Around the time that they reach adulthood, male and female octopuses all experience the irresistible instinct to mate.
Octopuses have short lifespans of between about six months for small tropical species and five years for the giant Pacific octopus (Enteroctopus dofleini).
However, sadly for them, reproduction is one of the last things they do in their short lives.
The male will die quite quickly after mating, and the female dies shortly after her eggs have safely hatched.
As we try to answer why do octopus die after mating, we will see that while scientists aren’t sure of the reason, it may have something to do with preventing overpopulation while also protecting the young from cannibalism.
We’re going to look at the mechanism by which octopuses enter the last stage of their life called senescence, where they stop eating, and their bodies break down.
It may sound sad that octopuses are semelparous animals (they reproduce and then die).
However, it seems that, particularly in the case of how female octopuses die, this ultimate sacrifice ensures the next generation’s successful birth and life.
What Is Senescence in Octopus?
To understand why do octopus die after mating, we need to learn about octopus senescence.
The dictionary describes senescence as “the condition or process of deterioration with age” and the “loss of a cell’s power of division and growth.”
Essentially, it is when the organism, in this case, the octopus, stops repairing itself, causing it to die slowly.
Senescence is a clearly defined part of the lifecycle of many animals, and in the octopus, it is integrated with the mating process.
The octopus enters senescence when it reaches adulthood and needs to reproduce.
There are four indicators that marine biologists use to assess if senescence has started:
- Loss of appetite and lack of feeding leading to weight loss
- Retraction of the skin around the eye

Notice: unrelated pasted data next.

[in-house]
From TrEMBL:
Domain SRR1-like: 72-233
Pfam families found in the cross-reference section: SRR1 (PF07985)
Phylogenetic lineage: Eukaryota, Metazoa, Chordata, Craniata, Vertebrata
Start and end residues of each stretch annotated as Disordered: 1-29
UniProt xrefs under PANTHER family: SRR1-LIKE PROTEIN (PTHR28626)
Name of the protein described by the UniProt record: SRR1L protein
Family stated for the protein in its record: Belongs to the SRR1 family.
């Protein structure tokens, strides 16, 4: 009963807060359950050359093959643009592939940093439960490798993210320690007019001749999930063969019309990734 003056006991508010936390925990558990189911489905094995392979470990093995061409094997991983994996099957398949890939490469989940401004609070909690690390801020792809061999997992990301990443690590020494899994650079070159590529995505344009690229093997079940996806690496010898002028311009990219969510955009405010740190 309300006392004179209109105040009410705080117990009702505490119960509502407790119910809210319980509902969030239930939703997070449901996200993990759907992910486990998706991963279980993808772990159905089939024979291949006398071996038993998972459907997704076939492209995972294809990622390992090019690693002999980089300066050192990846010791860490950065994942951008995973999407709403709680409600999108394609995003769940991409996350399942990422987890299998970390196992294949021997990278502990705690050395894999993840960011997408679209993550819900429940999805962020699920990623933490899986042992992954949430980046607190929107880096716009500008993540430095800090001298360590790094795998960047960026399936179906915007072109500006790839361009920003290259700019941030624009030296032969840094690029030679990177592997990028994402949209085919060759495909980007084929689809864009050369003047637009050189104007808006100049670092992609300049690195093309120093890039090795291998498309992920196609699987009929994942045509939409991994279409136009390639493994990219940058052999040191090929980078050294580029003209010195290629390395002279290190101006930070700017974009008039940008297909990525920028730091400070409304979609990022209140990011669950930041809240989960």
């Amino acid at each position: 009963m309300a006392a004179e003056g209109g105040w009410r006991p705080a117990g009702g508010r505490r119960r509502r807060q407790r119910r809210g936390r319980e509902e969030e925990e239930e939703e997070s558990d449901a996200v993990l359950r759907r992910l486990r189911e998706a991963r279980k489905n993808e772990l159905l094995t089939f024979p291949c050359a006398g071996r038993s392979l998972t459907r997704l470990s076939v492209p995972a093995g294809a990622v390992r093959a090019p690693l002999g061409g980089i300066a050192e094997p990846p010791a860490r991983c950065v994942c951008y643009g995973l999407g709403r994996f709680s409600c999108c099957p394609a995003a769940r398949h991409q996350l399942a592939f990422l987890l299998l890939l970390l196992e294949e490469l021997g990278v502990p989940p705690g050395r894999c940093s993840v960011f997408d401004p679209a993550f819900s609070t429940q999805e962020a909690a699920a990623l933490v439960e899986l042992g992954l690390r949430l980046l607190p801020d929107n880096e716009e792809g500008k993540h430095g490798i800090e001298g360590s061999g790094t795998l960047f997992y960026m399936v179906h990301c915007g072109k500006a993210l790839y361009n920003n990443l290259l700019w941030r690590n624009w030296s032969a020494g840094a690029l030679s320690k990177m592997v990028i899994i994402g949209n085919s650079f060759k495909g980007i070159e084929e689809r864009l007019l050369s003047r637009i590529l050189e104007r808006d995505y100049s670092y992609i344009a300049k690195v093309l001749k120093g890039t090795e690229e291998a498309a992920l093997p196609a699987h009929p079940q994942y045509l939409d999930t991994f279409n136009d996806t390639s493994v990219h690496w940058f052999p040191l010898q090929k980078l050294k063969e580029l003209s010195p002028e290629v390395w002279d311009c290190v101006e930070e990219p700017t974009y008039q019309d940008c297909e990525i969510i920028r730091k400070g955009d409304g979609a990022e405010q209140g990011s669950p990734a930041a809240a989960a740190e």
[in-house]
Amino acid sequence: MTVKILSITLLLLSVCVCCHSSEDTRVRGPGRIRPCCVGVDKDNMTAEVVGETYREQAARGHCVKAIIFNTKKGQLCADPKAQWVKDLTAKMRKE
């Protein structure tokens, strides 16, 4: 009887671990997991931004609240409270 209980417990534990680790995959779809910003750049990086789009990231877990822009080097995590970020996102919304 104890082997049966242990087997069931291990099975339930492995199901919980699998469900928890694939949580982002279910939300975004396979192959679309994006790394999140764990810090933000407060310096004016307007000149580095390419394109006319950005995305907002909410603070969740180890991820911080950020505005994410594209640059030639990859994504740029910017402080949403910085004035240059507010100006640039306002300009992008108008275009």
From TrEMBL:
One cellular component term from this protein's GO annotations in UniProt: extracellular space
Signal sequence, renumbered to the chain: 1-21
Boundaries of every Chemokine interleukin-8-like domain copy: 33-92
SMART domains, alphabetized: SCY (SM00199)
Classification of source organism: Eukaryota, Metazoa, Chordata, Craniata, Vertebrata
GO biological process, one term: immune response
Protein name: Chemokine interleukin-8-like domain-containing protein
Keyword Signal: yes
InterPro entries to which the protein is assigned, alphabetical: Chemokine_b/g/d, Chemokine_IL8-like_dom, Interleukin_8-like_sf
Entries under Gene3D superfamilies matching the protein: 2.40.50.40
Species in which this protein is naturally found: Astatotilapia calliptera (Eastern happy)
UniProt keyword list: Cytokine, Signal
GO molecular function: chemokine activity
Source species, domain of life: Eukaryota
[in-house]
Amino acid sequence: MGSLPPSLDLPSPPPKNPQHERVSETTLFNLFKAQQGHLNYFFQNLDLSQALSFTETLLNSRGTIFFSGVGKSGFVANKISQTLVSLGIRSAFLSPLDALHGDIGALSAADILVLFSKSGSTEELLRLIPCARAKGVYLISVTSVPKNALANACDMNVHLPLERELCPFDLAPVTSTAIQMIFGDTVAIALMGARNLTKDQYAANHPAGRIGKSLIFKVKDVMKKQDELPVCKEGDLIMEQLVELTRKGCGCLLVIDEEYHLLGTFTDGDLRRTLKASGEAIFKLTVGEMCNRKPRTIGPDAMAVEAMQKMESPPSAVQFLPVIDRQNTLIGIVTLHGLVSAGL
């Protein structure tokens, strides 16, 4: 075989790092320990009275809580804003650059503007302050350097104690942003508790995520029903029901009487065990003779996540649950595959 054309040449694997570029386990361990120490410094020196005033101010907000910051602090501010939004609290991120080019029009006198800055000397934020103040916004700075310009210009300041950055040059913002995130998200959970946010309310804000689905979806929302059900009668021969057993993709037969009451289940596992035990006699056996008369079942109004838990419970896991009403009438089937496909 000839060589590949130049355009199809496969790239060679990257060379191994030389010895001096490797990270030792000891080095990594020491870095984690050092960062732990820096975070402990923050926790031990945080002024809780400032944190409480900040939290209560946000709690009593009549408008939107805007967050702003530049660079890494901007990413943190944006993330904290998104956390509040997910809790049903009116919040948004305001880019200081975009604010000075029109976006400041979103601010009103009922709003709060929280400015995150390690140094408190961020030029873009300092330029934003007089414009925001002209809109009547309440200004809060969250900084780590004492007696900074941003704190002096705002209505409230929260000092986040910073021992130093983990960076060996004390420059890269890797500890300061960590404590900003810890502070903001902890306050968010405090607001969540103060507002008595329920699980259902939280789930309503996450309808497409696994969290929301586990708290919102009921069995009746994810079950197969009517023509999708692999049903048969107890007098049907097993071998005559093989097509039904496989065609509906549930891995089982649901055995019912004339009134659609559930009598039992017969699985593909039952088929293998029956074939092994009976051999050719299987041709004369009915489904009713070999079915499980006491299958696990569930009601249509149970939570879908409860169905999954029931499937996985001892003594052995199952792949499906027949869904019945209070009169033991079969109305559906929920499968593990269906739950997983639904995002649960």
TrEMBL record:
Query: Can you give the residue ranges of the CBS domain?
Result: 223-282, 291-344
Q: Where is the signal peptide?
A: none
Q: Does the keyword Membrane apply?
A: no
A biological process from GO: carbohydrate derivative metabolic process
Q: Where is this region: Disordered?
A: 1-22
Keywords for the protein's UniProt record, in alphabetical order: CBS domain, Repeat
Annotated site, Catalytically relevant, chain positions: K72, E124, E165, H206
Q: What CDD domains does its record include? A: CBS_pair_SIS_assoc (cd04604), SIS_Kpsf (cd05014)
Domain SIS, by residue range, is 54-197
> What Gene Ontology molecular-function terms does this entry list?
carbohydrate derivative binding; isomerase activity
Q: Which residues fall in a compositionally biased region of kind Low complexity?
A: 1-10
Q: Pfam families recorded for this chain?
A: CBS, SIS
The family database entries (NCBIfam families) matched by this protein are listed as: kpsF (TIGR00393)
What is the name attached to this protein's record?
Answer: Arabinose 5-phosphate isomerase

- Undirected or uncoordinated activity
- White lesions on the skin (no longer camouflaged)
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Octopus senescence is triggered when secretions from the optic gland between the octopus’s eyes induce the ripening of the animal’s reproductive organs to make them ready for mating.
So, without this process of guaranteed eventual death beginning, reproduction cannot take place.
Stopping eating will naturally cause the octopus to eventually starve, making rapidly finding a mate extremely important.
In 1977 scientists studying octopus senescence removed the optic glands from female Caribbean two-spot octopuses (Octopus hummelincki) who were going through senescence while tending to their egg clutches.
When the scientists removed the optic glands, the females stopped looking after the eggs and resumed feeding again.
Senescence was halted for six months afterward until the females succumbed to old age.
By removing the optic gland, the scientists stopped the so-called “self-destruct system” that guarantees the octopus’s death after reproduction.
However, it also caused the thousands of octopus eggs to die without the female tending them.
Why Do Male Octopus Die After Mating?
Do male octopus die when they mate? Yes, and scientists have suggested that causing male post-reproductive death may have evolved to prevent overpopulation in an area.
Alternatively, it may simply be that senescence creates a biological urgency for mating to take place and that once it has, the male octopus’s job is done, and he is no longer needed.
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When they’re near the end of their lives, the male octopus seems to lose control of its body.
The famous nine brains seem to lose their effectiveness, and the animal will lack coordination which often attracts predators.
How Do Males Octopuses Die After Mating?
Once the male has done its part in reproduction, his death will occur, usually in one of four ways:
- Being killed by the female
- Being killed by a predator
- Disease from being unable to heal their skin
- Dying due to starvation
Females can be highly aggressive and frequently kill their partner during reproduction.